If you are young person under 19 and are worried about anything, you can phone Childline. No problem is too big or too small. Call them on 0800 1111 or chat to them online.

For parents and carers

The NSPCC provide information and advice for any adult concerned about the safety or wellbeing of a child.

Young Minds also have lots of information if you think a young person has witnessed or experienced abuse or domestic violence.

Find out how we can help you and how you can get in touch.

Myths and misconceptions about domestic abuse

They do not hit me so it is not abuse

Reality: Abuse does not always take the form of violence. It can be controlling, coercive, threatening or degrading behaviour.

Find out more about the different types of abuse.

Alcohol and drugs make people more violent

Reality: Alcohol and drugs do not cause domestic abuse, but can make existing abuse worse. Many people use alcohol or drugs and do not abuse their partner, so it should never be used to excuse violent or controlling behaviour. The perpetrator alone is responsible for her actions.

All couples argue – it’s not domestic abuse, it is just a normal relationship

Reality: While disagreeing sometimes is part of a health relationship, when abuse is involved, there is no discussion between equals. There is fear of saying or doing the ‘wrong’ thing, and control over the other person’s thinking, emotions and behaviour.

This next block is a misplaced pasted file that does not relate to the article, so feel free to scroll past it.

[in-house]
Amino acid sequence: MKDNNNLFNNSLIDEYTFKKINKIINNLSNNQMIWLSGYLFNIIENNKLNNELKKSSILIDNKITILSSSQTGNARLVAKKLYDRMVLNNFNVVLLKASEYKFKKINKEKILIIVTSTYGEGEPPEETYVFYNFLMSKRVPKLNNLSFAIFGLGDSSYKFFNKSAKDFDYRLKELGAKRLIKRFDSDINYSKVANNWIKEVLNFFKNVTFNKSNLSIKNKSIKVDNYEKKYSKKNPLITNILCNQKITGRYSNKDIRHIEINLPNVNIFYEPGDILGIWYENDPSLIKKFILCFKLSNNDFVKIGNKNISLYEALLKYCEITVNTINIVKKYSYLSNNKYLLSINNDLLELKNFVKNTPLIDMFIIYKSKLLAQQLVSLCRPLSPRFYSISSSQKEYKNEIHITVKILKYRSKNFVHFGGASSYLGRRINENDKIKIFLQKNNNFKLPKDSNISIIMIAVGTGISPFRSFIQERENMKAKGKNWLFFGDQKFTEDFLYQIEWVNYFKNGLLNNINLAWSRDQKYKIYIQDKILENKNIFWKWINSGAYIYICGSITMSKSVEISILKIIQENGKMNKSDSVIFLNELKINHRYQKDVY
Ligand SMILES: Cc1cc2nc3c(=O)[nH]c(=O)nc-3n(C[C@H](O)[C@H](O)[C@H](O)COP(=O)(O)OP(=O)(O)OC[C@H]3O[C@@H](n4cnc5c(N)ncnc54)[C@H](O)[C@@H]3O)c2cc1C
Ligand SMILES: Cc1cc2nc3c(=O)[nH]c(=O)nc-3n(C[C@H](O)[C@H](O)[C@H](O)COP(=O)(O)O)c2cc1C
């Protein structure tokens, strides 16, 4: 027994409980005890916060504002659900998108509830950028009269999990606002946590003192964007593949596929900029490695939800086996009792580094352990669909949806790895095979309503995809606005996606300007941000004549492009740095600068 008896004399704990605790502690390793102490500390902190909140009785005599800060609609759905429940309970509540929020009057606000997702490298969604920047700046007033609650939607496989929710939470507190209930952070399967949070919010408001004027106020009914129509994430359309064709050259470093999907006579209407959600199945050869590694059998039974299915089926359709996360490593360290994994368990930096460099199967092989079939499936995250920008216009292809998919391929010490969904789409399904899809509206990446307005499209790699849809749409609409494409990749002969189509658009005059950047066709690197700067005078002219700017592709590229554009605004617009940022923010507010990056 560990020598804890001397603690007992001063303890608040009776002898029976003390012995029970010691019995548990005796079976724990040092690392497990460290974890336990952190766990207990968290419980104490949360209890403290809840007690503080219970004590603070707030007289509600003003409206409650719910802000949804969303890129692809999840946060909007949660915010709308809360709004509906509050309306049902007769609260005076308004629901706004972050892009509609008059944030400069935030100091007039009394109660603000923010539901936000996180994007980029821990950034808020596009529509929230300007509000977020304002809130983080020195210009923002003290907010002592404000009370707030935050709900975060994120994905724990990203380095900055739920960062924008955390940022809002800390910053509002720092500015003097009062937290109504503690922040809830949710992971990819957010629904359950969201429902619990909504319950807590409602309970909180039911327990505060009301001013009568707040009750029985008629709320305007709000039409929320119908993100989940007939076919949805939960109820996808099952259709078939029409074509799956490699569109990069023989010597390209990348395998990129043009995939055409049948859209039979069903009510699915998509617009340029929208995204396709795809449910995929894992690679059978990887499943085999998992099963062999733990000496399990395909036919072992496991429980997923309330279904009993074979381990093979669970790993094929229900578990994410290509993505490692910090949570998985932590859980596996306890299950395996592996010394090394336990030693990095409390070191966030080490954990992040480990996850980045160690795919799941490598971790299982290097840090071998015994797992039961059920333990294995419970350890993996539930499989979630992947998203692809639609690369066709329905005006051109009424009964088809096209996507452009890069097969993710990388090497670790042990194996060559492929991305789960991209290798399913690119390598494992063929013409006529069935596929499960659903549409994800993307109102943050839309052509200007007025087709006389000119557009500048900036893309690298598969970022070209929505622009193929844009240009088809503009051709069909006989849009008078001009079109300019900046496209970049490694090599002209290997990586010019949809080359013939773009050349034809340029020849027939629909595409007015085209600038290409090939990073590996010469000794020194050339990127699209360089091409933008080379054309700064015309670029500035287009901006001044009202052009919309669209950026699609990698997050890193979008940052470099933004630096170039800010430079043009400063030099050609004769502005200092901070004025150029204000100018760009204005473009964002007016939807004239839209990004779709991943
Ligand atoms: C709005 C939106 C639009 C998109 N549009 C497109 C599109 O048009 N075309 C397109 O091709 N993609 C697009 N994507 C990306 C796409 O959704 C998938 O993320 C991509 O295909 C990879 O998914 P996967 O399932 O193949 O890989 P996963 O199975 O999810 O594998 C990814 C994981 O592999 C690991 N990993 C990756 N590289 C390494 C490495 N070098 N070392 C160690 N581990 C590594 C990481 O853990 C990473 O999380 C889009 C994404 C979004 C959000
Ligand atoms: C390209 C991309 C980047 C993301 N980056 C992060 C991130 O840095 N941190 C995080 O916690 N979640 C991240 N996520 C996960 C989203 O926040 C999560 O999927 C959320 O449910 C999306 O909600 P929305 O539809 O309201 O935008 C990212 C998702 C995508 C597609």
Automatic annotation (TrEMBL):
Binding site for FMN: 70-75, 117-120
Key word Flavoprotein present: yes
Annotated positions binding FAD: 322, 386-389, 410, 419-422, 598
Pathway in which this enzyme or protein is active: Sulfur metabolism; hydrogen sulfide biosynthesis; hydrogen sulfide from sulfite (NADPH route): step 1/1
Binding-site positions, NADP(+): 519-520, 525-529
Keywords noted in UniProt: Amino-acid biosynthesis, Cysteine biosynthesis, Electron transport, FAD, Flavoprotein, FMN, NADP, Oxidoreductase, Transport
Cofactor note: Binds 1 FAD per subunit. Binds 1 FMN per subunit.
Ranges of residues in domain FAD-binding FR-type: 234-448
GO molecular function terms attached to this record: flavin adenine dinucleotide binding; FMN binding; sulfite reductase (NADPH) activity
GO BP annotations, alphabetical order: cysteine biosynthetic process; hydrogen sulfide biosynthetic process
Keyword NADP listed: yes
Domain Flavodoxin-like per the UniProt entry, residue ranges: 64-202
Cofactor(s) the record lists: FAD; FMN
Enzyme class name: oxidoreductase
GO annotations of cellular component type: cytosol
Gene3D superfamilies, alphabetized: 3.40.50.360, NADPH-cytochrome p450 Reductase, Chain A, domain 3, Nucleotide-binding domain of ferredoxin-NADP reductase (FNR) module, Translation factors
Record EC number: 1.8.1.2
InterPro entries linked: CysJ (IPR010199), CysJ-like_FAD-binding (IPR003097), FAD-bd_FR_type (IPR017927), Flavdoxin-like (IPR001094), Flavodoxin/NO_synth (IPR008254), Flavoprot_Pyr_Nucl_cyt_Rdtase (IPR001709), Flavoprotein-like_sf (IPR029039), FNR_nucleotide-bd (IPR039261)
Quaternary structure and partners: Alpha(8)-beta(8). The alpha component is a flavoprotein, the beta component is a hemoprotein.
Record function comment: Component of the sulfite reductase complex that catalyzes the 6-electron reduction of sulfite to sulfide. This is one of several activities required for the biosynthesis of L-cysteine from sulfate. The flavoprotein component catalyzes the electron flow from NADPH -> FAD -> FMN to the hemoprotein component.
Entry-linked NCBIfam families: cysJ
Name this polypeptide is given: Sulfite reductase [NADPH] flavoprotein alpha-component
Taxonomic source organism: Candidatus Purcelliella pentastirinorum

Find out more about Recognising unhealthy relationships.

Domestic abuse always involves physical or sexual violence

Reality: Domestic abuse is often thought of as the beating up of a partner or sexual assault but sometimes there is no physical assault.

Other abusive behaviours include:

  • Coercive control
  • Psychological abuse
  • Financial or economic control
  • Emotional abuse
  • Harassment
  • Stalking
  • Online or digital abuse

Only women experience domestic abuse

Reality: Men can also experience domestic abuse from their female partners. People can be subjected to abuse regardless of how they identify their sexuality. Abuse can happen in same sex relationships. However, it is not just between partners, it can be between other types of family relationships.